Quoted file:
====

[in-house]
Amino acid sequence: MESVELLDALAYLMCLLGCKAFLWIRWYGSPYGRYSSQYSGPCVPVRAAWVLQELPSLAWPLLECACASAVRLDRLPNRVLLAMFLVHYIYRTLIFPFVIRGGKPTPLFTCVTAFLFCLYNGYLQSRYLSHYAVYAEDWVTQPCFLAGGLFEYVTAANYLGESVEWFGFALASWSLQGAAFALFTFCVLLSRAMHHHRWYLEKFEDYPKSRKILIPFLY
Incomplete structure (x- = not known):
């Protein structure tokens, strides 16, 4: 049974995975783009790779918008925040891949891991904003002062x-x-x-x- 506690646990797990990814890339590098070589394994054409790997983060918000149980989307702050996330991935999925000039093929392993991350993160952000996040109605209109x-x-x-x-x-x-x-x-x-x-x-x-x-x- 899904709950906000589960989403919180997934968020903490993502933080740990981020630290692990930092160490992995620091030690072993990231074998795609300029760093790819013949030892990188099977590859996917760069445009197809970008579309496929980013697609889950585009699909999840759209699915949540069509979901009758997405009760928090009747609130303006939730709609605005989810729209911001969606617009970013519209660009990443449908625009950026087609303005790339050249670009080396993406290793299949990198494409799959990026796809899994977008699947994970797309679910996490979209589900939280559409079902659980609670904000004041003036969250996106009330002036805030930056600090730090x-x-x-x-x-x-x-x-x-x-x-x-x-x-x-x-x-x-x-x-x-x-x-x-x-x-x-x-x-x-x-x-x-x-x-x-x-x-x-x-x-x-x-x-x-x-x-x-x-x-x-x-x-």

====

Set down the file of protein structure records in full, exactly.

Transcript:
[in-house]
Amino acid sequence: MESVELLDALAYLMCLLGCKAFLWIRWYGSPYGRYSSQYSGPCVPVRAAWVLQELPSLAWPLLECACASAVRLDRLPNRVLLAMFLVHYIYRTLIFPFVIRGGKPTPLFTCVTAFLFCLYNGYLQSRYLSHYAVYAEDWVTQPCFLAGGLFEYVTAANYLGESVEWFGFALASWSLQGAAFALFTFCVLLSRAMHHHRWYLEKFEDYPKSRKILIPFLY
Incomplete structure (x- = not known):
């Protein structure tokens, strides 16, 4: 049974995975783009790779918008925040891949891991904003002062x-x-x-x- 506690646990797990990814890339590098070589394994054409790997983060918000149980989307702050996330991935999925000039093929392993991350993160952000996040109605209109x-x-x-x-x-x-x-x-x-x-x-x-x-x- 899904709950906000589960989403919180997934968020903490993502933080740990981020630290692990930092160490992995620091030690072993990231074998795609300029760093790819013949030892990188099977590859996917760069445009197809970008579309496929980013697609889950585009699909999840759209699915949540069509979901009758997405009760928090009747609130303006939730709609605005989810729209911001969606617009970013519209660009990443449908625009950026087609303005790339050249670009080396993406290793299949990198494409799959990026796809899994977008699947994970797309679910996490979209589900939280559409079902659980609670904000004041003036969250996106009330002036805030930056600090730090x-x-x-x-x-x-x-x-x-x-x-x-x-x-x-x-x-x-x-x-x-x-x-x-x-x-x-x-x-x-x-x-x-x-x-x-x-x-x-x-x-x-x-x-x-x-x-x-x-x-x-x-x-």